In Paul’s letter to the Philemon, the master of a runaway slave, Onesimus, he focused on the common ground that believers stand on. According to Paul, fellow believers all share in some in the same grace from God and therefore live in a common mutuality that makes all equal. The implications this has for churches has been profound. Coming from this perspective, it would be perfectly acceptable and even beneficial to all, for pastors to approach others as their equals. This goes for board members and congregational members. It would also apply to others as they relate to the pastor. In this view, it would be normal for pastors to have strong relationships with others in their congregations.
Leading the fellowship.
Paul wrote in Romans 12:3-8 about a diversity of spiritual gifts in the body of Christ. This diversity ended up causing issues at some point in several of the churches, including those at Rome and Corinth. With the church at Rome, the tensions between people’s gifting’s were only bolstered by growing racial tensions between Jews and Gentiles. Such differences are magnified when they are also used to solidify a person’s position and authority over another person. But these things shouldn’t be in the Christian community. Paul’s view on this is that the Christian community is a body in which each individual is joined to every other member of the community”.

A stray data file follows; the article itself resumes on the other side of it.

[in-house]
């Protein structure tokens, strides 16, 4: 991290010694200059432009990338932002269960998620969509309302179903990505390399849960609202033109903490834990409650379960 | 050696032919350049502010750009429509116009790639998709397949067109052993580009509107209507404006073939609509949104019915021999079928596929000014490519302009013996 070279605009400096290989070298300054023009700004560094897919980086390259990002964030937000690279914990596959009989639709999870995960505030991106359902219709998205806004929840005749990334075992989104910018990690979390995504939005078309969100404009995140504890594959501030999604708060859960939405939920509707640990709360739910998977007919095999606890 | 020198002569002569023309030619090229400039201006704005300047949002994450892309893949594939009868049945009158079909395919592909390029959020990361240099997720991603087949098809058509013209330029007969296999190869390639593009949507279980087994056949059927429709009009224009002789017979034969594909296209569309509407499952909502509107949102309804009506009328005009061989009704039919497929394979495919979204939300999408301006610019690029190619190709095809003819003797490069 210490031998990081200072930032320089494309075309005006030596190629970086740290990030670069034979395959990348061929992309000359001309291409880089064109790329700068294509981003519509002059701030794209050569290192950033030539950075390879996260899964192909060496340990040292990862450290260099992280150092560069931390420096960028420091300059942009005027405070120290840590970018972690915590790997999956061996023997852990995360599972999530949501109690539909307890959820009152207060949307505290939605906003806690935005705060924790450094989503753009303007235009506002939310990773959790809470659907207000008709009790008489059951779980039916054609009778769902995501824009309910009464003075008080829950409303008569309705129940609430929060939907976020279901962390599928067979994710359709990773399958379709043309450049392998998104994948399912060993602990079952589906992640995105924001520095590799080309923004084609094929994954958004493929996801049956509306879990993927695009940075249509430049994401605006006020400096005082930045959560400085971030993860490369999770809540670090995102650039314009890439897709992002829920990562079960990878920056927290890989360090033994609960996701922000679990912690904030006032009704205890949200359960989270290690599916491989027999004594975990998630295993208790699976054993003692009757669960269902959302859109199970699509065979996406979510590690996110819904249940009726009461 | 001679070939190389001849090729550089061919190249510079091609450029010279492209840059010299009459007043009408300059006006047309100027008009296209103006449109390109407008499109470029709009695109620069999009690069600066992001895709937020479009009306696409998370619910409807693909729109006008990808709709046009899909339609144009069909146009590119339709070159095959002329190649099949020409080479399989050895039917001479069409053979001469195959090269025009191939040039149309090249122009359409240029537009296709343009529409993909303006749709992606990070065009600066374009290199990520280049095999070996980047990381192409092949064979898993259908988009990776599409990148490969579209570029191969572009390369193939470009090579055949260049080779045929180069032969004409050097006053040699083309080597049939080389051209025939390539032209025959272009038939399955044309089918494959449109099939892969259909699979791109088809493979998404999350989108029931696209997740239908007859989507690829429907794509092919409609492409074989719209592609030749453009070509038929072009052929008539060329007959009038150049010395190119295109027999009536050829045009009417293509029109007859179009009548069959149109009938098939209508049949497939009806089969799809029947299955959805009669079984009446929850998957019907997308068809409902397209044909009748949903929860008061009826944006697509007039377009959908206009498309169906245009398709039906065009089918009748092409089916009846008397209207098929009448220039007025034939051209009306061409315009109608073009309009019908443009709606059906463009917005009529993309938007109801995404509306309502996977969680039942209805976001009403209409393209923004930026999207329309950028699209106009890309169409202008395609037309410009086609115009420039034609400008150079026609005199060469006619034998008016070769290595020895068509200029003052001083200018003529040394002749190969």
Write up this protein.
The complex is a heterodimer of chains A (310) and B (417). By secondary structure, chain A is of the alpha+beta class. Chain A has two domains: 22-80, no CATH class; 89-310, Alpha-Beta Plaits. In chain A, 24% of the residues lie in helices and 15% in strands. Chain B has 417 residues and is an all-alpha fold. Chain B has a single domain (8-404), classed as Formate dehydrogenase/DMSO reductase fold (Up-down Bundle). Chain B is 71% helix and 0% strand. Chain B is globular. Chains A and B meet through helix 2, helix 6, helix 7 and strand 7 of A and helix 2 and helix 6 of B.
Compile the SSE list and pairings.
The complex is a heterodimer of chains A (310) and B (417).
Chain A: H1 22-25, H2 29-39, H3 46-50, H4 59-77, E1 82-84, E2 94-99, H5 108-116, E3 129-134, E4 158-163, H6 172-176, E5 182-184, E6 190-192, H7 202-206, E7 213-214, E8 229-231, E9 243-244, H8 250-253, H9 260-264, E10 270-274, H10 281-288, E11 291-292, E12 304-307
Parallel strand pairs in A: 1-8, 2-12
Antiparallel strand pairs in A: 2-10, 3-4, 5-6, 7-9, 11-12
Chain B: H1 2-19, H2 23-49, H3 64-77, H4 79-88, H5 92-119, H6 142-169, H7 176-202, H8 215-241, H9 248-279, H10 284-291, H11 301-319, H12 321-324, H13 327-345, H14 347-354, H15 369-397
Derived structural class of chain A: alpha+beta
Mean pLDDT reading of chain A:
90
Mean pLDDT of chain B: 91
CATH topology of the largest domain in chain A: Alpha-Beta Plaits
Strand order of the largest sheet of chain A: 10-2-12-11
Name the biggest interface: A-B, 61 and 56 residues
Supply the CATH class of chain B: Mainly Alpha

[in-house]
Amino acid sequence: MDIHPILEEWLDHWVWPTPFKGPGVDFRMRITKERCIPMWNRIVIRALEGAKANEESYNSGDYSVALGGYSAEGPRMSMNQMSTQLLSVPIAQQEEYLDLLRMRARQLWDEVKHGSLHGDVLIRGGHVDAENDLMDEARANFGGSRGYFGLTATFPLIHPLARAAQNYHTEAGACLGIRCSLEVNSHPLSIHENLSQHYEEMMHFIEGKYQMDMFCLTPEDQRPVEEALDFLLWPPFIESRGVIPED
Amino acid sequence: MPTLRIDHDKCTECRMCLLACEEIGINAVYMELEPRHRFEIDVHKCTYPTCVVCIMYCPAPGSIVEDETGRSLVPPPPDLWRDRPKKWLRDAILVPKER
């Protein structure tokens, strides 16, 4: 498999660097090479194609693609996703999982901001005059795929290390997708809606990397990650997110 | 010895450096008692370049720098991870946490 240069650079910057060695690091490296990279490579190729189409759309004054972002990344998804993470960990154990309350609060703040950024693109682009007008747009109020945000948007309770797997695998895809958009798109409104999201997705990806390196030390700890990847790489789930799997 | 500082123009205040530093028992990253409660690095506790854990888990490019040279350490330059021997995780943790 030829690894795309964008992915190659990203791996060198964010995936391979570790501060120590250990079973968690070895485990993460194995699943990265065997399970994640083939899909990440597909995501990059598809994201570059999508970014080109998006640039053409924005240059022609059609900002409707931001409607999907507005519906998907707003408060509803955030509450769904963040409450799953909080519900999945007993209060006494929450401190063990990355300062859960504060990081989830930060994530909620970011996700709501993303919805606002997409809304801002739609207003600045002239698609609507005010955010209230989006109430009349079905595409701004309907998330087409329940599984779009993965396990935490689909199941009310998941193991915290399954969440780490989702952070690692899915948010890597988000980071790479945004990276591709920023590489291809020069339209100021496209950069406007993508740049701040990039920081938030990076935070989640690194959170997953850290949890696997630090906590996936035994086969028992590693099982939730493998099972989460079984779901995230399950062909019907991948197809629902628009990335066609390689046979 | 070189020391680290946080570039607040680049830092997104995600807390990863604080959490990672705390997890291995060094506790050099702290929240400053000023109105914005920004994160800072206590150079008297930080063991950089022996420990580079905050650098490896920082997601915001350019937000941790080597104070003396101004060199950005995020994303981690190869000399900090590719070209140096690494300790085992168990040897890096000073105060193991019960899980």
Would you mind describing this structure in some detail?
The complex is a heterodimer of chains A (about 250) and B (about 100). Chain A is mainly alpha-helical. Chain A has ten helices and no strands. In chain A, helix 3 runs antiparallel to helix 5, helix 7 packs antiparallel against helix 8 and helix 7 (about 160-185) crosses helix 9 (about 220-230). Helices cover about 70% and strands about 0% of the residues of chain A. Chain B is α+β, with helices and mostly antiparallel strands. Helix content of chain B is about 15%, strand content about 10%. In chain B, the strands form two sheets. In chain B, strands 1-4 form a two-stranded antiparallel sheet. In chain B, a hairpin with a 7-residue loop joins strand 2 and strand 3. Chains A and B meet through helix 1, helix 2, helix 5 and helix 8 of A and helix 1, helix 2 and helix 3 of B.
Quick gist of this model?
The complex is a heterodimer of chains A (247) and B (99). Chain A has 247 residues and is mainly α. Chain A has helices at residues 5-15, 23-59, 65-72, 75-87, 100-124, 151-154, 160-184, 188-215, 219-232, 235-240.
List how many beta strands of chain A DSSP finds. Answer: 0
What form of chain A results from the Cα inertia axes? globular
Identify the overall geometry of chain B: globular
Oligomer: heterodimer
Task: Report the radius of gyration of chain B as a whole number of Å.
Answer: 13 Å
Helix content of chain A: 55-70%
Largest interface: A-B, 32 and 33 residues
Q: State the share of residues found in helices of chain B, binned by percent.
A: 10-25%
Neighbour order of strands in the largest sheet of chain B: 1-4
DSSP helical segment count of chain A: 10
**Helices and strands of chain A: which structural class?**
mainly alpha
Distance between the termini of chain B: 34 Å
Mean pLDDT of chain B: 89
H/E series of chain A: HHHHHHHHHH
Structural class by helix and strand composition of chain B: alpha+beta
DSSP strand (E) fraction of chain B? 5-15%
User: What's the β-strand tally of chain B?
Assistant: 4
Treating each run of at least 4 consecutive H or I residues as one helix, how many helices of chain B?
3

Therefore, it seems that both of the scripture describes an approach for all believers to approach relationships with other believers with a high level of openness. As for pastors, they need to be aware of the dangers of pride from spiritual gifts or different positions in the church bring. They also need to be aware of the utility of diversity of gifts and backgrounds. This demands that pastors approach all other believers with a mutual respect, not of a position of hierarchy. Each believer is valuable to Christ and to other believers. This usefulness extends past the profitableness for ministry but also for the benefits that relationship brings with other people.
The biblical foundation begins to point out the importance of fellowship in the congregation. Loving fellowships, mutual understanding, and ministry partnership are all important components of a healthy congregation. Without strong relationships in the congregation, the likelihood of a church accomplishing the great commission will be minimal. To flourish a congregation must have fellowship and it is up to the leaders to promote and cultivate the leaders. Peter Scazzero writes in his book, The Emotionally Healthy Church (2010), “As go the Leaders, so goes the Church” (p. 20). A proverb from my dad says, “a fish always rots from the head down.” The leadership of the church can point the direction of a church’s fellowship by what it teaches and by what it models. Mostly by what it models how to fellowship in front of the members of the congregation and community.